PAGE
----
The mania that drove crypto assets to records as Coinbase Global went public last went turned on itself on the weekend, sending Bitcoin tumbling by the most since February.
The world’s biggest cryptocurrency plunged as much as 15 per cent just days after reaching a record. It was lower by 9 per cent at $55,323 at 10.18am in New York (6.18pm UAE time). Ether, the second biggest, dropped as much as 18 per cent to below $2,000 before paring losses. Binance Coin, XRP and Cardano each lost more than 12 per cent. Dogecoin, the token that started as a joke, was the only gainer among the 10 largest coins.
The weekend carnage came after a heady week for the industry that saw the value of of all coins surge past $2.25 trillion amid a frenzy of demand for all things crypto in the run-up to Coinbase’s direct listing on Wednesday. The largest US crypto exchange ended the week valued at $68 billion, more than the owner of the New York Stock Exchange.
“With hindsight it was inevitable,” Galaxy Digital founder Michael Novogratz said in a tweet on Sunday. “Markets got too excited around [Coinbase's] direct listing. Basis blowing out, coins like $BSV, $XRP and $DOGE pumping. All were signs that the market got too one way.”
Dogecoin, which has limited use and no fundamentals, rallied last week to be worth more than $50 billion at one point before stumbling on Saturday. Demand was so brisk for the token that investors trying to trade it on Robinhood crashed the site a few times on Friday, the online exchange said in a blog post.
There was also speculation on Sunday in several online reports that the plunge was related to concerns the US Treasury may crack down on money laundering that’s carried out through digital assets.
“The crypto world is waking up with a bit of a sore head today,” said Antoni Trenchev, co-founder of crypto lender Nexo. “Dogecoin’s 100 per cent Friday rally was ‘peak party’, after the Bitcoin record and Coinbase listing earlier in the week. Euphoria was in the air. And usually in the crypto world, there’s a price to pay when that happens.”
Besides the “unsubstantiated” report of a US Treasury crackdown, Mr Trenchev said factors for the decline may have included “excess leverage, Coinbase insiders dumping equity after the direct listing and a mass outage in China’s Xinjiang province hitting Bitcoin miners”.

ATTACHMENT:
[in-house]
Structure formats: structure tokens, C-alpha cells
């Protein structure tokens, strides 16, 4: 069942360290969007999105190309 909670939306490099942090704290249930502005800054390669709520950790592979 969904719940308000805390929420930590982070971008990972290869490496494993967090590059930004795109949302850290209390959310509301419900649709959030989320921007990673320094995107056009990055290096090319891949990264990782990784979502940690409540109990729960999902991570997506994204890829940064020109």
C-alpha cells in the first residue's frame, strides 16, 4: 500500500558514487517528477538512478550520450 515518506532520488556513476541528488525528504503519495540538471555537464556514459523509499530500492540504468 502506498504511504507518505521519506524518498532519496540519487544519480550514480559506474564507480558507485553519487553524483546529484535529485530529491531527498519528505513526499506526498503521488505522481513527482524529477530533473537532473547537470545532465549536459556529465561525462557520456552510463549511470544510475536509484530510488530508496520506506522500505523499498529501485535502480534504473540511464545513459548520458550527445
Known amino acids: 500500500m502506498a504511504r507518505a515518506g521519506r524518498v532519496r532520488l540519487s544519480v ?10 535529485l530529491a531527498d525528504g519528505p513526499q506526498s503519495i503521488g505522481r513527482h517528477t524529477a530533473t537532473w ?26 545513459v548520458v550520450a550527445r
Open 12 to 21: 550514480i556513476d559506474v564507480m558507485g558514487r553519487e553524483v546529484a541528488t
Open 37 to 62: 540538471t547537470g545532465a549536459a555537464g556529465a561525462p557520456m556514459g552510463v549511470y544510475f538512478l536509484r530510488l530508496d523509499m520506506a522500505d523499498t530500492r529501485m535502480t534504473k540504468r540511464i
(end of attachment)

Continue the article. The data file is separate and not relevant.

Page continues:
Growing mainstream acceptance of cryptocurrencies has spurred Bitcoin’s rally, as well as lifting other tokens to record highs. Interest in crypto increased again after companies from PayPal to Square started enabling transactions in Bitcoin on their systems, and Wall Street firms like Morgan Stanley began providing access to the tokens to some of their wealthiest clients. That’s despite lingering concerns over their volatility and usefulness as a method of payment.
Governments are inspecting risks around the sector more closely as the investor base widens.
Federal Reserve chairman Jerome Powell last week said Bitcoin “is a little bit like gold” in that it’s more a vehicle for speculation than making payments. European Central Bank President Christine Lagarde in January took aim at Bitcoin’s role in facilitating criminal activity, saying the cryptocurrency has been enabling “funny business”.
Turkey's central bank banned the use of cryptocurrencies as a form of payment from April 30, saying the level of anonymity behind the digital tokens brings the risk of "non-recoverable" losses. India will propose a law that bans cryptocurrencies and fines anyone trading or holding such assets, Reuters reported in March, citing an unidentified senior government official with direct knowledge of the plan.
Crypto firms are beefing up their top ranks to shape the emerging regulatory environment and tackle lingering scepticism about digital tokens. Bitcoin’s most ardent proponents see it as a modern-day store of value and inflation hedge, while others fear a speculative bubble is building.